Grant County receives Audit and Accountability Award

[Editor's Note: Due to the length of this work session and regular meeting, they will be broken up into several articles. This one will cover the county directors' and elected officials' reports.]

By Mary Alice Murphy

1 14 2021 gc reg award photoFrom left are Commissioners Alicia Edwards, Chris Ponce, Harry Browne, Billy Billings, County Manager Charlene Webb, Commissioner Javier Salas and Financial Officer Linda Vasquez, who was brought out of her office to be in the photo for the audit and accountability award. (Photo Courtesy of Taysha Walter, executive assistant.)At the beginning of the regular meeting on Jan. 14, 2021, District 1 Commissioner and Commission Chairman Chris Ponce said he wanted to present a Fiscal Year 2019 Audit and Accountability Award that Grant County received from New Mexico Counties for continued improvement in audits and continued financial excellence. The commissioners presented it to County Manager Charlene Webb and County Financial Officer Linda Vasquez.

On Tuesday, Jan. 12, 2021, at the work session, county reports began with General Services Director Randy Villa, who said he didn't have much to report. "It's business as usual. Maintenance is doing sanitizing. At the shooting range, we got the safety building up. At the airport, the ramp project is going on. The Hachita Fire Station building is up. Corre Caminos is still running. I encourage people to get vaccinated. We have smart people in the right places. I think people see the quicker we can get the vaccinations done, the sooner we'll get back to work."

District 5 Commissioner Harry Browne asked when the shooting range would be back open.

Villa said: "It's still tight quarters. We'll wait for the state to let us know, but I think everyone will be pleased with the changes."

Webb noted that the last health order from the governor "required us to close it again."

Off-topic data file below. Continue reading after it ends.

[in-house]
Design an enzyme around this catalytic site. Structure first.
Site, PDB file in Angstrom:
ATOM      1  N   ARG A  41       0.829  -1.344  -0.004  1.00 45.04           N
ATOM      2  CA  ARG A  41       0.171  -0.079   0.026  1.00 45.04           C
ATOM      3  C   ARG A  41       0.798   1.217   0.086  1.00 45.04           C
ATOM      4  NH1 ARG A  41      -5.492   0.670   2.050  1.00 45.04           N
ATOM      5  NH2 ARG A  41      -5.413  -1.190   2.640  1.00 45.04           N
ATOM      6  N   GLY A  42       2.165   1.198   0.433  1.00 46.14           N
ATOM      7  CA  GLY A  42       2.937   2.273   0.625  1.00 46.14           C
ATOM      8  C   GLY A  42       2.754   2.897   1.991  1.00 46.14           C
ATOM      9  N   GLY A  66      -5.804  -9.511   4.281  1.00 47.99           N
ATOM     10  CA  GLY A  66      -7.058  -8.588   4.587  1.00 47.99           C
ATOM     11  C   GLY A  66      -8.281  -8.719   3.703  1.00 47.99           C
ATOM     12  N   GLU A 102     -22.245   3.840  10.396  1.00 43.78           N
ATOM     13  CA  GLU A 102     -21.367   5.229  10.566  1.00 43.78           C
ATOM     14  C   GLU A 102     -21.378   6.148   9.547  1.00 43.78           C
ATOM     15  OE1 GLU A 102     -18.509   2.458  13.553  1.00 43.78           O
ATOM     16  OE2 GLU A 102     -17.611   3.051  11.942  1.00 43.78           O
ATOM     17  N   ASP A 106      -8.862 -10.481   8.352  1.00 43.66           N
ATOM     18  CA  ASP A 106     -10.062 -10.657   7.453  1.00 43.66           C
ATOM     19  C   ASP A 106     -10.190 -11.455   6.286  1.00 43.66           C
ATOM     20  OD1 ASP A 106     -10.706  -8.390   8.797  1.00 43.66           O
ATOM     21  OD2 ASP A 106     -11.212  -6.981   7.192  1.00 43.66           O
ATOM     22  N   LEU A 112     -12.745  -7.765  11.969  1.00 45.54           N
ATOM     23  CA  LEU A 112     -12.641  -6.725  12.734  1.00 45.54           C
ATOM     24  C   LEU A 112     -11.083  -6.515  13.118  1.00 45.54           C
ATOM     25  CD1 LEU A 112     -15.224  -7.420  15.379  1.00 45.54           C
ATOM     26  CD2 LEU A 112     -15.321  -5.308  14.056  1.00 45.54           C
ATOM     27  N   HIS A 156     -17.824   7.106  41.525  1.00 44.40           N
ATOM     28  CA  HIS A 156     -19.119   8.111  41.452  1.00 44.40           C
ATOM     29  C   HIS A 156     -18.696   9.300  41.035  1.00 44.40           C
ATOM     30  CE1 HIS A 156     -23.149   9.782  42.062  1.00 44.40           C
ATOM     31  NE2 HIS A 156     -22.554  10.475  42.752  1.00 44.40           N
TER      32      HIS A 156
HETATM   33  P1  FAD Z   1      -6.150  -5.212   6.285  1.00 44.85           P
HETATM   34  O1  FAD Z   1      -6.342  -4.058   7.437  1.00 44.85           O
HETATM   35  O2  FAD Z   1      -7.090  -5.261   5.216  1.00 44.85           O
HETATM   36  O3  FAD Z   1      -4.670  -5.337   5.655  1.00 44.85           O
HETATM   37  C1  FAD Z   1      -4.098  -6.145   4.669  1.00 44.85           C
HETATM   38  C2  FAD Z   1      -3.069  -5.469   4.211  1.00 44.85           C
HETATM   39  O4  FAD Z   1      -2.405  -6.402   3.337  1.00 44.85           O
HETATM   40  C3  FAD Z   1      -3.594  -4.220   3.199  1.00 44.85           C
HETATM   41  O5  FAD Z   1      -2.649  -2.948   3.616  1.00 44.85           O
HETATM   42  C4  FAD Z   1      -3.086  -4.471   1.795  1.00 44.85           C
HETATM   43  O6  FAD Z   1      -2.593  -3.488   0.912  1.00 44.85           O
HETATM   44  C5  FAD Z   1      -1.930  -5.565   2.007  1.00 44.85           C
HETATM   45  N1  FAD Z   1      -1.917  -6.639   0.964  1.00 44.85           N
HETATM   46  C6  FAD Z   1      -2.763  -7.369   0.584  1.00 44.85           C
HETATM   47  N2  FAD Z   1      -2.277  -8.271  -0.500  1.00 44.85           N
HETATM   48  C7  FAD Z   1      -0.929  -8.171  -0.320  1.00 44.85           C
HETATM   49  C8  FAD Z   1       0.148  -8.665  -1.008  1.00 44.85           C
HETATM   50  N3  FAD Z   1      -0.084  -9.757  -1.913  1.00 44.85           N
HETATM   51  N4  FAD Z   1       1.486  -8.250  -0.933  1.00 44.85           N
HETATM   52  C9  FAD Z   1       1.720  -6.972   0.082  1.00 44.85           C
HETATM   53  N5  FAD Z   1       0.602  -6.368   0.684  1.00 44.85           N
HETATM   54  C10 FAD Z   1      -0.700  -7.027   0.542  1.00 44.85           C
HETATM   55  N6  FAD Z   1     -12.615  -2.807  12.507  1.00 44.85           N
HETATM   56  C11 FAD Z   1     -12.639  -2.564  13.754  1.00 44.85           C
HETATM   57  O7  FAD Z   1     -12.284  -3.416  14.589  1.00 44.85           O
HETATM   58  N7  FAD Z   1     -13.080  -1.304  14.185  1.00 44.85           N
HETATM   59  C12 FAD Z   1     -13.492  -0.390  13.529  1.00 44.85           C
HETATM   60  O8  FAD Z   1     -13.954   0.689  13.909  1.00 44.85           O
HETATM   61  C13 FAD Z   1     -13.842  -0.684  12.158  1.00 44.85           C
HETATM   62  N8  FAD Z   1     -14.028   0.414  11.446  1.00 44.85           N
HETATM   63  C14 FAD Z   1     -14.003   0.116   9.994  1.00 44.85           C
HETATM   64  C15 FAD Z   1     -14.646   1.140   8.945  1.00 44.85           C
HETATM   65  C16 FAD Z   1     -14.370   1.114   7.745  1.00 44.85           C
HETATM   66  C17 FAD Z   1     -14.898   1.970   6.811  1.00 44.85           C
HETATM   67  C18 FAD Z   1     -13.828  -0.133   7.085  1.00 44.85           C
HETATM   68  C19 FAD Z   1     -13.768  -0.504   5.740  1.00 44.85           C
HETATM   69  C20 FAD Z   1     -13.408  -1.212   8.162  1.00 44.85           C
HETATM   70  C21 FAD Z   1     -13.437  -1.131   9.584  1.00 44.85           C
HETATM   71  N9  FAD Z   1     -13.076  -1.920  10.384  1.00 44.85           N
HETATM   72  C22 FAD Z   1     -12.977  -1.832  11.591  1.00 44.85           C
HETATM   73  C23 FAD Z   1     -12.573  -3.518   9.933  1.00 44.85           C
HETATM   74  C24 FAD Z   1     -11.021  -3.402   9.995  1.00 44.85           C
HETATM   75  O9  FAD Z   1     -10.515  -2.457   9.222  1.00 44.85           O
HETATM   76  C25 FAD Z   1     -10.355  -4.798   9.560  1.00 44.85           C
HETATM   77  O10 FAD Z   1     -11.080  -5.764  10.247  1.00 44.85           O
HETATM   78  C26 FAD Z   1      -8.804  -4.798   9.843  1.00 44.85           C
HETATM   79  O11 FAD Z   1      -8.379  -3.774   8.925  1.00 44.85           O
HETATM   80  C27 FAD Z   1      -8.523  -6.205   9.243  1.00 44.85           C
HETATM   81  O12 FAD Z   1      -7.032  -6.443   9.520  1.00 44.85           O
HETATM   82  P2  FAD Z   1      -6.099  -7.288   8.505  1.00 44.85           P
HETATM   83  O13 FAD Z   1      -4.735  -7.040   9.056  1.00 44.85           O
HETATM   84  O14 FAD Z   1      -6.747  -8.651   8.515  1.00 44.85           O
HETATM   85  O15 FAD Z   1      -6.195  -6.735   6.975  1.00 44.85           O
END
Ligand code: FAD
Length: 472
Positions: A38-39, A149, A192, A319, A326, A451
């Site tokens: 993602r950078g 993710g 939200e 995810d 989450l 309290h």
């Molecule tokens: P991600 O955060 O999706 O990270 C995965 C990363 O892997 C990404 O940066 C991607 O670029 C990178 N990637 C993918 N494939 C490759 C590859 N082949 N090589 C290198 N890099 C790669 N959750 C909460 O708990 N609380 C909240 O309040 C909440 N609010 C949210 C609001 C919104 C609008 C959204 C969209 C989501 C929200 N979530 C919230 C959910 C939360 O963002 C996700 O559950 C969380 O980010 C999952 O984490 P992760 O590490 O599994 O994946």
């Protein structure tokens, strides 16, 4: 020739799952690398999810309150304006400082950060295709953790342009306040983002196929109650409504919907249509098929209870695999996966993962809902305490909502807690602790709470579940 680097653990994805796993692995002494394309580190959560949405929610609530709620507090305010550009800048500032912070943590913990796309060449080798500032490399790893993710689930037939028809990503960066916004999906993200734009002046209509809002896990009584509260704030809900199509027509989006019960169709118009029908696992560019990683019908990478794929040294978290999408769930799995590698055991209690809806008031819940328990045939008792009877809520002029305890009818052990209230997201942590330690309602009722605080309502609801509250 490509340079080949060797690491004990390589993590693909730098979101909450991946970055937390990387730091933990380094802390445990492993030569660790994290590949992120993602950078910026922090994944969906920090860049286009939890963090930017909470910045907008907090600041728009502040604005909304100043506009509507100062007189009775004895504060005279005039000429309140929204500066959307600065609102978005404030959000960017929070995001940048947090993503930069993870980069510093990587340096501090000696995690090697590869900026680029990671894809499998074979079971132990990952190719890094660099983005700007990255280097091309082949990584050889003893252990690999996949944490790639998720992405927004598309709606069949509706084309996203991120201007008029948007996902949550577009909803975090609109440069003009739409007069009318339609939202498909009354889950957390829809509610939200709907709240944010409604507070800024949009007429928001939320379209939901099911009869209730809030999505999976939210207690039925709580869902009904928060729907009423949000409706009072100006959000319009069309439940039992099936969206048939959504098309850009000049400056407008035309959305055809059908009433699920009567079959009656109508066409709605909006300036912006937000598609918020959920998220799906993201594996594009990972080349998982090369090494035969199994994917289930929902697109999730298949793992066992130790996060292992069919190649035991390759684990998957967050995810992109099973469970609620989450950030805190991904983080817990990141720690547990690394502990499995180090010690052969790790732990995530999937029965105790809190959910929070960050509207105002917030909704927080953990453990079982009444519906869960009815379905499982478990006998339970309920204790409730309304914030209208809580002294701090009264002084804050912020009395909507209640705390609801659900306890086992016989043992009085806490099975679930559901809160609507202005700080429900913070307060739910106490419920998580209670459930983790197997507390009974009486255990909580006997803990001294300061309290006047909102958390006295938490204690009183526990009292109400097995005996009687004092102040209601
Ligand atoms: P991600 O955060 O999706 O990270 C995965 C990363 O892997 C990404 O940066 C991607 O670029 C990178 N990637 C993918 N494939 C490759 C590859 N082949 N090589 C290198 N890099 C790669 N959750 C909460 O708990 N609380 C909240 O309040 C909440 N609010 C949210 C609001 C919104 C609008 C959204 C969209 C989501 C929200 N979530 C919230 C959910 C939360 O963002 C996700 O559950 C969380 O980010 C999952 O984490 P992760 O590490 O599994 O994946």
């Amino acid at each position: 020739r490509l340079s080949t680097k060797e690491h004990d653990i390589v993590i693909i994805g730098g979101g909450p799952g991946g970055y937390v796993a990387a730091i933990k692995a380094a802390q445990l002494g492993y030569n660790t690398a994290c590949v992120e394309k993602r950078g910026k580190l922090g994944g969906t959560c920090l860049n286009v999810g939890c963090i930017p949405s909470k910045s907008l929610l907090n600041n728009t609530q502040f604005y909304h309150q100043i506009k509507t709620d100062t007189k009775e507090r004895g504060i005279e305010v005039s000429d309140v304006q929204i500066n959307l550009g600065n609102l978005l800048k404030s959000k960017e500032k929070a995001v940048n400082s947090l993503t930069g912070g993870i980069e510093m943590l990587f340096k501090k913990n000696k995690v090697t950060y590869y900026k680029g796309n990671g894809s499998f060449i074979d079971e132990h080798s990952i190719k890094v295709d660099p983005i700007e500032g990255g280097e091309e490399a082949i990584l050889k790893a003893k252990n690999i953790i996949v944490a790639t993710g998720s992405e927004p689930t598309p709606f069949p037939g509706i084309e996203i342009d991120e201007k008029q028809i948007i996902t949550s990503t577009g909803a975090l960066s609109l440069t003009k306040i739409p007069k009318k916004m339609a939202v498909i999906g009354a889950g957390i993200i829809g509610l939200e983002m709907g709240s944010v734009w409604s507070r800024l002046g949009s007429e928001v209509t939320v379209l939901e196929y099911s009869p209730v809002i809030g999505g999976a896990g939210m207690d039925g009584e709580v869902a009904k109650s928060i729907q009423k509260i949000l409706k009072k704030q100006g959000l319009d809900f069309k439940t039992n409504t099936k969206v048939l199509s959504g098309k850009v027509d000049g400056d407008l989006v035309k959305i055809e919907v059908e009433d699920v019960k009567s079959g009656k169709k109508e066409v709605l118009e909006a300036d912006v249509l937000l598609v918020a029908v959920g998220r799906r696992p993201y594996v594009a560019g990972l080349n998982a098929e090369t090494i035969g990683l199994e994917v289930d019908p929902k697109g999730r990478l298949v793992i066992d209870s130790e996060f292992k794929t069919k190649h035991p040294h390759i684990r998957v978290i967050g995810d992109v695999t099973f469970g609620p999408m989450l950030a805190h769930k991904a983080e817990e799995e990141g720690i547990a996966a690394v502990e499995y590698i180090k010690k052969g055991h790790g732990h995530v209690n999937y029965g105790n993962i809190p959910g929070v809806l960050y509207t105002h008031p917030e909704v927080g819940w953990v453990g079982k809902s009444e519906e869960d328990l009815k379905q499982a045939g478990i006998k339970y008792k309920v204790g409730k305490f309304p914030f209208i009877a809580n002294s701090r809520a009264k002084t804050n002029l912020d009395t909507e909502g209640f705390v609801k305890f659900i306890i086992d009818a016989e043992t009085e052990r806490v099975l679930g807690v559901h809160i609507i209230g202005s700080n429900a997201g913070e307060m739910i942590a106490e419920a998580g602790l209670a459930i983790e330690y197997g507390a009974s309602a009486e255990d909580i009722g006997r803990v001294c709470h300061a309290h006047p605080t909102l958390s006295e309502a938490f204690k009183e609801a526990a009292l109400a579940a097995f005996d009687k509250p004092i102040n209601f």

The next report came from Community Development and Planning Director Michael "Mischa" Larsich. "We are closing out the airport terminal project and the North Hurley Road project. It's just finalizing the billing and the punch list. For Truck ByPass Road Geotech boring is scheduled. That's a colonias project for design. Little Walnut Road is also a colonias project for design and review. Both engineering firms have hired SWA to do the environment review on those. Bandoni is in the final stages of the construction and easement, so we can start the discussion with the landowners. We've got, I think it's five landowners, who were impacted by the flooding, so we have to get permission from them to do construction on their properties. For Bataan, I'm optimistic we will get the required agreement on the environmental review so that we can get the release of funds. The Santa Rita Volunteer Fire Department has its tanks installed and operational, with the punch list items to finish."

District 3 Commissioner Alicia Edwards said maybe she and Larisch could go out to Bandoni and look at the situation.

Road Superintendent Earl Moore said it was business as usual in his department. "We are working on resident complaints. We patched in Mimbres last week and we will patch in town this week. We did finish Cottage San Road as far as the shoulder. I'm waiting on the stripers to come in and get the stripe done. On the Anderson Road low-water crossing, they are so busy with concrete down on the I-10 bridge that I can't get concrete until Jan. 27. We plan on pouring 170 yards that day and then we'll have to do some more, but we're at the mercy of the schedule. Most of our blade operators will save their time until the end of the year, so they can take 2 ½ weeks off. I'm not going to say we're behind because of that, but because of the dry weather, we can't do much. All the complaints we're getting, we're trying to hit. We'll get them back in circulation. We're hitting the main drag right now."